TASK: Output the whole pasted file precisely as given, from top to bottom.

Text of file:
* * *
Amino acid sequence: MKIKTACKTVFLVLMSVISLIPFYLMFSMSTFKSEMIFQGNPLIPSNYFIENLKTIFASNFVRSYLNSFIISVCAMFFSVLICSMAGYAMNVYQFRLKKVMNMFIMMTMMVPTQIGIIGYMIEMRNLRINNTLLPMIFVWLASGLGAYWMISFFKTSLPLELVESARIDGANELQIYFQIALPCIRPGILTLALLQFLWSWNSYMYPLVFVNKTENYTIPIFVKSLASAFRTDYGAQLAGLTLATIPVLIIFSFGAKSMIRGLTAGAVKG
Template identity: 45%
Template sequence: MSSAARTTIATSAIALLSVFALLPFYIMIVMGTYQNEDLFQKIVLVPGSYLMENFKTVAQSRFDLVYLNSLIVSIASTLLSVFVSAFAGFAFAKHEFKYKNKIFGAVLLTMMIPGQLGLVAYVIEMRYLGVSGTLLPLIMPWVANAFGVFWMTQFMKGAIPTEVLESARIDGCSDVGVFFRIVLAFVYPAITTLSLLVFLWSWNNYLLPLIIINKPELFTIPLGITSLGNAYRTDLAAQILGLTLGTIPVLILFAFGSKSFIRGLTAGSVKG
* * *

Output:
Amino acid sequence: MKIKTACKTVFLVLMSVISLIPFYLMFSMSTFKSEMIFQGNPLIPSNYFIENLKTIFASNFVRSYLNSFIISVCAMFFSVLICSMAGYAMNVYQFRLKKVMNMFIMMTMMVPTQIGIIGYMIEMRNLRINNTLLPMIFVWLASGLGAYWMISFFKTSLPLELVESARIDGANELQIYFQIALPCIRPGILTLALLQFLWSWNSYMYPLVFVNKTENYTIPIFVKSLASAFRTDYGAQLAGLTLATIPVLIIFSFGAKSMIRGLTAGAVKG
Template identity: 45%
Template sequence: MSSAARTTIATSAIALLSVFALLPFYIMIVMGTYQNEDLFQKIVLVPGSYLMENFKTVAQSRFDLVYLNSLIVSIASTLLSVFVSAFAGFAFAKHEFKYKNKIFGAVLLTMMIPGQLGLVAYVIEMRYLGVSGTLLPLIMPWVANAFGVFWMTQFMKGAIPTEVLESARIDGCSDVGVFFRIVLAFVYPAITTLSLLVFLWSWNNYLLPLIIINKPELFTIPLGITSLGNAYRTDLAAQILGLTLGTIPVLILFAFGSKSFIRGLTAGSVKG